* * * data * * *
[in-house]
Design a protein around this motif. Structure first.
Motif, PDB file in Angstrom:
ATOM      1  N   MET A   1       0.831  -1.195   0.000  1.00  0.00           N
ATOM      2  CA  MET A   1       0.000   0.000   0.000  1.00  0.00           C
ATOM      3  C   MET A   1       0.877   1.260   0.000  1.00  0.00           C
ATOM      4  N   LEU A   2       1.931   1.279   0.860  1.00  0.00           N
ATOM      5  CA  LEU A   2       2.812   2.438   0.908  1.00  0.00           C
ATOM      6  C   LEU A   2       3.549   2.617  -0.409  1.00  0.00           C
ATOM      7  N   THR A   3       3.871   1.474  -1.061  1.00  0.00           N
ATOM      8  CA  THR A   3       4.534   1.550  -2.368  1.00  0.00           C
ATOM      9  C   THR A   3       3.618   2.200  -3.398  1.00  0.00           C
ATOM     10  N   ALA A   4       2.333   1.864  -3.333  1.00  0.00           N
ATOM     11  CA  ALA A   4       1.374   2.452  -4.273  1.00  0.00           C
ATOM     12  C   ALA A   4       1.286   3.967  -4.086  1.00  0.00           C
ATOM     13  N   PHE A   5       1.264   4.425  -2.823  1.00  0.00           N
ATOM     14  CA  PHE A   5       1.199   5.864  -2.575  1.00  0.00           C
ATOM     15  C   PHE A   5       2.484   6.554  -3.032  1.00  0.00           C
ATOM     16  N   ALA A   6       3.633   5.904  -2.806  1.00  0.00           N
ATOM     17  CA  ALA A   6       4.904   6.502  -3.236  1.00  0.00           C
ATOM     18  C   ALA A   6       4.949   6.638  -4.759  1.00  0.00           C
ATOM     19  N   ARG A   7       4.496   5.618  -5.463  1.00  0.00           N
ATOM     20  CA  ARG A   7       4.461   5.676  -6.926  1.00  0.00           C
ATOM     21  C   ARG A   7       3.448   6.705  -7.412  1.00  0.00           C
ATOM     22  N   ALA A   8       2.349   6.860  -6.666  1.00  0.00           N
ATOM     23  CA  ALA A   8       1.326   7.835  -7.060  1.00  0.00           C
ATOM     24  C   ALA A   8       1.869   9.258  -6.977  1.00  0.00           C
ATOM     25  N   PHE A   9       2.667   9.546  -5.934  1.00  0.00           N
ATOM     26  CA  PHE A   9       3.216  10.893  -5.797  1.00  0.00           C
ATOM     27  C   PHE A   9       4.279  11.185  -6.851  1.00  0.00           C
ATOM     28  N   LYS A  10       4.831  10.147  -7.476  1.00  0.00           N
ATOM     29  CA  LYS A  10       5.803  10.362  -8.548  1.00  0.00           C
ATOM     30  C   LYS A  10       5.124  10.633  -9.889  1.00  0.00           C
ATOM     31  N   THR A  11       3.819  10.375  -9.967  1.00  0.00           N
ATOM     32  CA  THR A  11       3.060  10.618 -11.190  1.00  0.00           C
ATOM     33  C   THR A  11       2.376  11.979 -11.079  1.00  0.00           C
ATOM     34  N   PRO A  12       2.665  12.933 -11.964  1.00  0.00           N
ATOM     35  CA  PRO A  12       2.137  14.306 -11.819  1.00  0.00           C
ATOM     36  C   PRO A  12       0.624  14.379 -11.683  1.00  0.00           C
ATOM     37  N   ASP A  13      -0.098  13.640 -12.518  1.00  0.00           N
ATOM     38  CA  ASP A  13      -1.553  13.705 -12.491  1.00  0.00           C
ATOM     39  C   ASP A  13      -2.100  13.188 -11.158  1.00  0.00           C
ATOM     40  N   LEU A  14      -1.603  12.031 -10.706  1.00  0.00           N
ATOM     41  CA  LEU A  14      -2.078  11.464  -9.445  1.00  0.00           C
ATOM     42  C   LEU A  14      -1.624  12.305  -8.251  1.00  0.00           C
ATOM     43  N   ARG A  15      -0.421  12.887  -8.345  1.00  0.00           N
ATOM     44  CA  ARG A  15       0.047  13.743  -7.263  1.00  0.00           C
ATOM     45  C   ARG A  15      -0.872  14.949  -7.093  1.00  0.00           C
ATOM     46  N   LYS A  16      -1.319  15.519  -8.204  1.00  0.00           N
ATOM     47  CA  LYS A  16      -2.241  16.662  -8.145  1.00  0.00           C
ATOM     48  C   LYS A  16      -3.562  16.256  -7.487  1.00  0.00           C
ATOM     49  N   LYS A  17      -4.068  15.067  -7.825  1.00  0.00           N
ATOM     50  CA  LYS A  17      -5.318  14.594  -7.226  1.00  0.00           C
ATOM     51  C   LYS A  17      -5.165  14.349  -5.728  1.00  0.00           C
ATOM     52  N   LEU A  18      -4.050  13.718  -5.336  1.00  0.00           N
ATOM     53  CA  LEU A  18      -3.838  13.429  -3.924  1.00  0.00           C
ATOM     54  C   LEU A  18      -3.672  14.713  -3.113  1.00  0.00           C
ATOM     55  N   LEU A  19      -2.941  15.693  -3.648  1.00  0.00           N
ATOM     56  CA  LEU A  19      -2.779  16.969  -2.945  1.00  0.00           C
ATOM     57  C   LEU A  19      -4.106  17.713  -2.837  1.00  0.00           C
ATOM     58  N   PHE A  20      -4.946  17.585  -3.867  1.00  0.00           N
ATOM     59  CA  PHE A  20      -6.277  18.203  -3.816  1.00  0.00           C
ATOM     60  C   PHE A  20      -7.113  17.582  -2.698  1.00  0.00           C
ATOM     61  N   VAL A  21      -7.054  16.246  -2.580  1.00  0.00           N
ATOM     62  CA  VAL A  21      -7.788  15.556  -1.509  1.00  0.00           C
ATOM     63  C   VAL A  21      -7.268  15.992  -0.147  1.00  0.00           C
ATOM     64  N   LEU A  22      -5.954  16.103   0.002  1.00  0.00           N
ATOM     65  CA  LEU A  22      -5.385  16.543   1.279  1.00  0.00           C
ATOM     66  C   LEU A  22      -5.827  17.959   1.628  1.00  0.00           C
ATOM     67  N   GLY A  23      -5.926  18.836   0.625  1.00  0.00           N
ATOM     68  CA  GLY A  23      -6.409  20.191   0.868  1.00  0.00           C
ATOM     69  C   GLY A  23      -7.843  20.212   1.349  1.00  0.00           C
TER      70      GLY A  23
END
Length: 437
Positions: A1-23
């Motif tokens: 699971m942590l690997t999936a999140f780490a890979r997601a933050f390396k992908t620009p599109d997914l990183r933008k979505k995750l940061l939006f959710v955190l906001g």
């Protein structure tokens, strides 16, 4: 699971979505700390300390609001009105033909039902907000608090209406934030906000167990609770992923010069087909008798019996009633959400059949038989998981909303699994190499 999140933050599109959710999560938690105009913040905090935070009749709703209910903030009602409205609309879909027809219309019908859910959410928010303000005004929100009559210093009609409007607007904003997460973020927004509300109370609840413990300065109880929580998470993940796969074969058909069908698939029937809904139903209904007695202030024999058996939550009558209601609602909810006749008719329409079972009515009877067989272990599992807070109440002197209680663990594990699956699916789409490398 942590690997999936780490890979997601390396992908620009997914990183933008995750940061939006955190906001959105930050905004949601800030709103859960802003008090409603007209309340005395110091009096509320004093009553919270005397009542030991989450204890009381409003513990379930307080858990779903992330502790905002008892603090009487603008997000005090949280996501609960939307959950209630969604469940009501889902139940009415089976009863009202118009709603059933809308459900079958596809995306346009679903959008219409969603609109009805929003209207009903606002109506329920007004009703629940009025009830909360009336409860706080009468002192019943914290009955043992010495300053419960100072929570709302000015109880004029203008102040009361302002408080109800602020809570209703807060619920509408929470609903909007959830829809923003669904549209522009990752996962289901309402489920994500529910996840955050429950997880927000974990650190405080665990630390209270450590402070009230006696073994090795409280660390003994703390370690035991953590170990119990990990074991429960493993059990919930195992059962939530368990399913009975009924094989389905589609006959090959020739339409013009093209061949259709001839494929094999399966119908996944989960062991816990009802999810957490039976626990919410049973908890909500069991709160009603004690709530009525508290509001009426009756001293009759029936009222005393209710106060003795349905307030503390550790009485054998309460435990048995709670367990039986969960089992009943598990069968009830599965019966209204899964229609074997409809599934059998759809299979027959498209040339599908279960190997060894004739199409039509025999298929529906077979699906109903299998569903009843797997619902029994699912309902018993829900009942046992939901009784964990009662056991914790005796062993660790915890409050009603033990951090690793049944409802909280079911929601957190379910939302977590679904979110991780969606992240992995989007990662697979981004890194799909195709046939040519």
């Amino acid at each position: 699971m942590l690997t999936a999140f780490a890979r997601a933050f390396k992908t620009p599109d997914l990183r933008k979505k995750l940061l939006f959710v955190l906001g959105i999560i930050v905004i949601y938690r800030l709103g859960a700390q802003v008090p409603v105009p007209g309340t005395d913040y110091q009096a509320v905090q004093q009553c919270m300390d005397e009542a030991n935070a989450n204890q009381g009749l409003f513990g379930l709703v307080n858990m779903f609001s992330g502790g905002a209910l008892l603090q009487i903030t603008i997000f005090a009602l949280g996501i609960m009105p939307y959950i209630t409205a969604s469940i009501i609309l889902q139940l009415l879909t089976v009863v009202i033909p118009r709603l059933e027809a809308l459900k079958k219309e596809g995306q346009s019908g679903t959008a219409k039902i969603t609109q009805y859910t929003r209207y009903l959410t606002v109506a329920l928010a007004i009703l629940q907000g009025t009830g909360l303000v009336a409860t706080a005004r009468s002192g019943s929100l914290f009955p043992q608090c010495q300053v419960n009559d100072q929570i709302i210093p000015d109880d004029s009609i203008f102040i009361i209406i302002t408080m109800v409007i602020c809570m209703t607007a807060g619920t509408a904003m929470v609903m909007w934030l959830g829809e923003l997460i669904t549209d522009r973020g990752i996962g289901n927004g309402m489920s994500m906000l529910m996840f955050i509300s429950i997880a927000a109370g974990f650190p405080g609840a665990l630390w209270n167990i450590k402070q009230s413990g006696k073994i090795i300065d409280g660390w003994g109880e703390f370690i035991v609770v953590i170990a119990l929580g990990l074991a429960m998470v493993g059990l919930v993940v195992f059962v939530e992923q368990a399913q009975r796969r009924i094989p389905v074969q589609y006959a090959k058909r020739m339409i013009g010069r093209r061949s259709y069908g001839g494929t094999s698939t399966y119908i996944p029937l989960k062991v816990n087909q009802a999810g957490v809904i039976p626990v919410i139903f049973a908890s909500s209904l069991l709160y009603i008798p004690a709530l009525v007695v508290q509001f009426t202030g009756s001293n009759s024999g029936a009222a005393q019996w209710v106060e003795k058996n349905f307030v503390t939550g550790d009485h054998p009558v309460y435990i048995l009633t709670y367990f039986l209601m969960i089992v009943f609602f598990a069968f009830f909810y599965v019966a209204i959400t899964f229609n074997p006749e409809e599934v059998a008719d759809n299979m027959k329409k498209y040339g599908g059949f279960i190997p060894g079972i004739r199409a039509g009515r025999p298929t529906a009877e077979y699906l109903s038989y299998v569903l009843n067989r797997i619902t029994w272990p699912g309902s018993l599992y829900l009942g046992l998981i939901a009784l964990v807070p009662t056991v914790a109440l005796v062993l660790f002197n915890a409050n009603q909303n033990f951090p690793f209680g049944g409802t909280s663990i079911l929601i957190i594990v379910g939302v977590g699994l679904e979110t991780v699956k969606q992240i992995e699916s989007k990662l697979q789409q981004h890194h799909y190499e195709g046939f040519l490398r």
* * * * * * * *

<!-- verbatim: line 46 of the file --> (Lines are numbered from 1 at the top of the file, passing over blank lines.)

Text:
ATOM     43  N   ARG A  15      -0.421  12.887  -8.345  1.00  0.00           N